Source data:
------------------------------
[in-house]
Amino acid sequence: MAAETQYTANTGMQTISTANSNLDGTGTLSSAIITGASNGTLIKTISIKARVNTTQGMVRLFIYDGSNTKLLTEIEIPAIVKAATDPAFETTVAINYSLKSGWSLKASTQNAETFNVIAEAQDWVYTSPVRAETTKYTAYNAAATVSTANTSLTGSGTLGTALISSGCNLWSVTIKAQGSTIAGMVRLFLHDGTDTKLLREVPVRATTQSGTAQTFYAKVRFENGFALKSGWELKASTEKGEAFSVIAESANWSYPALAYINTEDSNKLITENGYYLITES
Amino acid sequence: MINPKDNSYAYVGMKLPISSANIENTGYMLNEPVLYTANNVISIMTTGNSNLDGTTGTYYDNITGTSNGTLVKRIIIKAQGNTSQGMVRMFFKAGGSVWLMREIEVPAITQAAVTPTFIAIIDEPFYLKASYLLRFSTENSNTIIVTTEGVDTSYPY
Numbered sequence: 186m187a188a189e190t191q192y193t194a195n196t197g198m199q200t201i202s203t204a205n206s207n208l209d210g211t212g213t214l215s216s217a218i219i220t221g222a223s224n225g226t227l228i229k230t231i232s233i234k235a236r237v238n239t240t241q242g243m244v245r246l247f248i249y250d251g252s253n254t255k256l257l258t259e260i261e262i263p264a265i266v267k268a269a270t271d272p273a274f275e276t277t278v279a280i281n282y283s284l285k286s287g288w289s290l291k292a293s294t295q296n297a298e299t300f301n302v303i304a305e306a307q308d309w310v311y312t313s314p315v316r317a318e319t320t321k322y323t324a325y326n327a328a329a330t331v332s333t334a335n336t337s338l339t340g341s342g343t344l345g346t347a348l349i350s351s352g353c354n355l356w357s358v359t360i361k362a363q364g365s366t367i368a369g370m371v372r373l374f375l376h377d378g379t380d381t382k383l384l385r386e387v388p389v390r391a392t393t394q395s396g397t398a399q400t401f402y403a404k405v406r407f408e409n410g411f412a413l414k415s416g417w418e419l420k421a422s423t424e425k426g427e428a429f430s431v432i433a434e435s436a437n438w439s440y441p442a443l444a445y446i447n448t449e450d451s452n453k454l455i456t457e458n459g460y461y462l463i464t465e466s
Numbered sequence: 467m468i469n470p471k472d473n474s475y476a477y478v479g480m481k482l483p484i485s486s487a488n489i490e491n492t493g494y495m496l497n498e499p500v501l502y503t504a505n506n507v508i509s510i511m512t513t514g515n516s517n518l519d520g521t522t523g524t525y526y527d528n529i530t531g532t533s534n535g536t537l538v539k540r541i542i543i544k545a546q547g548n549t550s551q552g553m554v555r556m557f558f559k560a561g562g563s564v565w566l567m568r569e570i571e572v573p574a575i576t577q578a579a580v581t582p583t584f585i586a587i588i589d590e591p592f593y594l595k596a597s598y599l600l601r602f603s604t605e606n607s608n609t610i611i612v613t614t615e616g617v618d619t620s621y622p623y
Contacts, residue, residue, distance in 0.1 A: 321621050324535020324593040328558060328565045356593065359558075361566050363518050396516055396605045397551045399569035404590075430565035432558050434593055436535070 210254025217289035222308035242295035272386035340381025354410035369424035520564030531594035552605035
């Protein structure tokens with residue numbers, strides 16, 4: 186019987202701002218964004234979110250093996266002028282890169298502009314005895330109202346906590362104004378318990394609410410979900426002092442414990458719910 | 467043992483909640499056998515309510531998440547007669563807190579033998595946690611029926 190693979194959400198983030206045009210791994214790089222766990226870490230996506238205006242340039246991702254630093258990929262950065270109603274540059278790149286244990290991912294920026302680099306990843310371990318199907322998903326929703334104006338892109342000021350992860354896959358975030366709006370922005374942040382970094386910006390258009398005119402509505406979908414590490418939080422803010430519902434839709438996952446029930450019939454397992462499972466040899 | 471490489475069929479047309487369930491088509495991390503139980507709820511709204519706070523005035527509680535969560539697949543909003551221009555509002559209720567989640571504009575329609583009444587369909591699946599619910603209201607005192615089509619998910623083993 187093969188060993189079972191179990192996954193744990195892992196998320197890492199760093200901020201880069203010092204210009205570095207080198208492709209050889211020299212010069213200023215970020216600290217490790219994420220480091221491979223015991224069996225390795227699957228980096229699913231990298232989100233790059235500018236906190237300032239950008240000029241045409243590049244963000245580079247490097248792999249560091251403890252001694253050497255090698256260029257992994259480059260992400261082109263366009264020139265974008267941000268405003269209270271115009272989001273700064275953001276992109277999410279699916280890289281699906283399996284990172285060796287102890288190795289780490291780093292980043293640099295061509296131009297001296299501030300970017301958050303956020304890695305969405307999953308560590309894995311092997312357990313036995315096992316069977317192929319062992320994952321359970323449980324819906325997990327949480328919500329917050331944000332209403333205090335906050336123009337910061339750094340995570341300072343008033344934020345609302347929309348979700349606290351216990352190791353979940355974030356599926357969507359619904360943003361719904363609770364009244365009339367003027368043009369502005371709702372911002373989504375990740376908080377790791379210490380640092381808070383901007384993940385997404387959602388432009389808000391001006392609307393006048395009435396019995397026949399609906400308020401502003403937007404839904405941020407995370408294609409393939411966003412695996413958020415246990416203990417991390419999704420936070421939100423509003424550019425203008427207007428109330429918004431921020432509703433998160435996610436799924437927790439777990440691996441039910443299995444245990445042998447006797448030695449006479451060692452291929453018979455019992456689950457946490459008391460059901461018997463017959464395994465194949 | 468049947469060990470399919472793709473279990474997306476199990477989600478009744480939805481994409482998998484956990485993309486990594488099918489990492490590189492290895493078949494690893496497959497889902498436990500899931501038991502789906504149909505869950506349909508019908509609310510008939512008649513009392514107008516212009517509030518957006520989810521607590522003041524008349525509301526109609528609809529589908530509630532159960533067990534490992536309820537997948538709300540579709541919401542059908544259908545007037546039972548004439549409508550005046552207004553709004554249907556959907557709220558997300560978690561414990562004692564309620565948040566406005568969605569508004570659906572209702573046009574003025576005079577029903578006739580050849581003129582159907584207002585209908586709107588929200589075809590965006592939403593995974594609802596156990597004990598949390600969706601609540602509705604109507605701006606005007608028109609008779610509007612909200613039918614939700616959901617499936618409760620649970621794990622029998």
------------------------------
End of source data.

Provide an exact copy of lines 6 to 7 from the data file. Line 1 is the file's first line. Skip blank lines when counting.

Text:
Contacts, residue, residue, distance in 0.1 A: 321621050324535020324593040328558060328565045356593065359558075361566050363518050396516055396605045397551045399569035404590075430565035432558050434593055436535070 210254025217289035222308035242295035272386035340381025354410035369424035520564030531594035552605035
């Protein structure tokens with residue numbers, strides 16, 4: 186019987202701002218964004234979110250093996266002028282890169298502009314005895330109202346906590362104004378318990394609410410979900426002092442414990458719910 | 467043992483909640499056998515309510531998440547007669563807190579033998595946690611029926 190693979194959400198983030206045009210791994214790089222766990226870490230996506238205006242340039246991702254630093258990929262950065270109603274540059278790149286244990290991912294920026302680099306990843310371990318199907322998903326929703334104006338892109342000021350992860354896959358975030366709006370922005374942040382970094386910006390258009398005119402509505406979908414590490418939080422803010430519902434839709438996952446029930450019939454397992462499972466040899 | 471490489475069929479047309487369930491088509495991390503139980507709820511709204519706070523005035527509680535969560539697949543909003551221009555509002559209720567989640571504009575329609583009444587369909591699946599619910603209201607005192615089509619998910623083993 187093969188060993189079972191179990192996954193744990195892992196998320197890492199760093200901020201880069203010092204210009205570095207080198208492709209050889211020299212010069213200023215970020216600290217490790219994420220480091221491979223015991224069996225390795227699957228980096229699913231990298232989100233790059235500018236906190237300032239950008240000029241045409243590049244963000245580079247490097248792999249560091251403890252001694253050497255090698256260029257992994259480059260992400261082109263366009264020139265974008267941000268405003269209270271115009272989001273700064275953001276992109277999410279699916280890289281699906283399996284990172285060796287102890288190795289780490291780093292980043293640099295061509296131009297001296299501030300970017301958050303956020304890695305969405307999953308560590309894995311092997312357990313036995315096992316069977317192929319062992320994952321359970323449980324819906325997990327949480328919500329917050331944000332209403333205090335906050336123009337910061339750094340995570341300072343008033344934020345609302347929309348979700349606290351216990352190791353979940355974030356599926357969507359619904360943003361719904363609770364009244365009339367003027368043009369502005371709702372911002373989504375990740376908080377790791379210490380640092381808070383901007384993940385997404387959602388432009389808000391001006392609307393006048395009435396019995397026949399609906400308020401502003403937007404839904405941020407995370408294609409393939411966003412695996413958020415246990416203990417991390419999704420936070421939100423509003424550019425203008427207007428109330429918004431921020432509703433998160435996610436799924437927790439777990440691996441039910443299995444245990445042998447006797448030695449006479451060692452291929453018979455019992456689950457946490459008391460059901461018997463017959464395994465194949 | 468049947469060990470399919472793709473279990474997306476199990477989600478009744480939805481994409482998998484956990485993309486990594488099918489990492490590189492290895493078949494690893496497959497889902498436990500899931501038991502789906504149909505869950506349909508019908509609310510008939512008649513009392514107008516212009517509030518957006520989810521607590522003041524008349525509301526109609528609809529589908530509630532159960533067990534490992536309820537997948538709300540579709541919401542059908544259908545007037546039972548004439549409508550005046552207004553709004554249907556959907557709220558997300560978690561414990562004692564309620565948040566406005568969605569508004570659906572209702573046009574003025576005079577029903578006739580050849581003129582159907584207002585209908586709107588929200589075809590965006592939403593995974594609802596156990597004990598949390600969706601609540602509705604109507605701006606005007608028109609008779610509007612909200613039918614939700616959901617499936618409760620649970621794990622029998």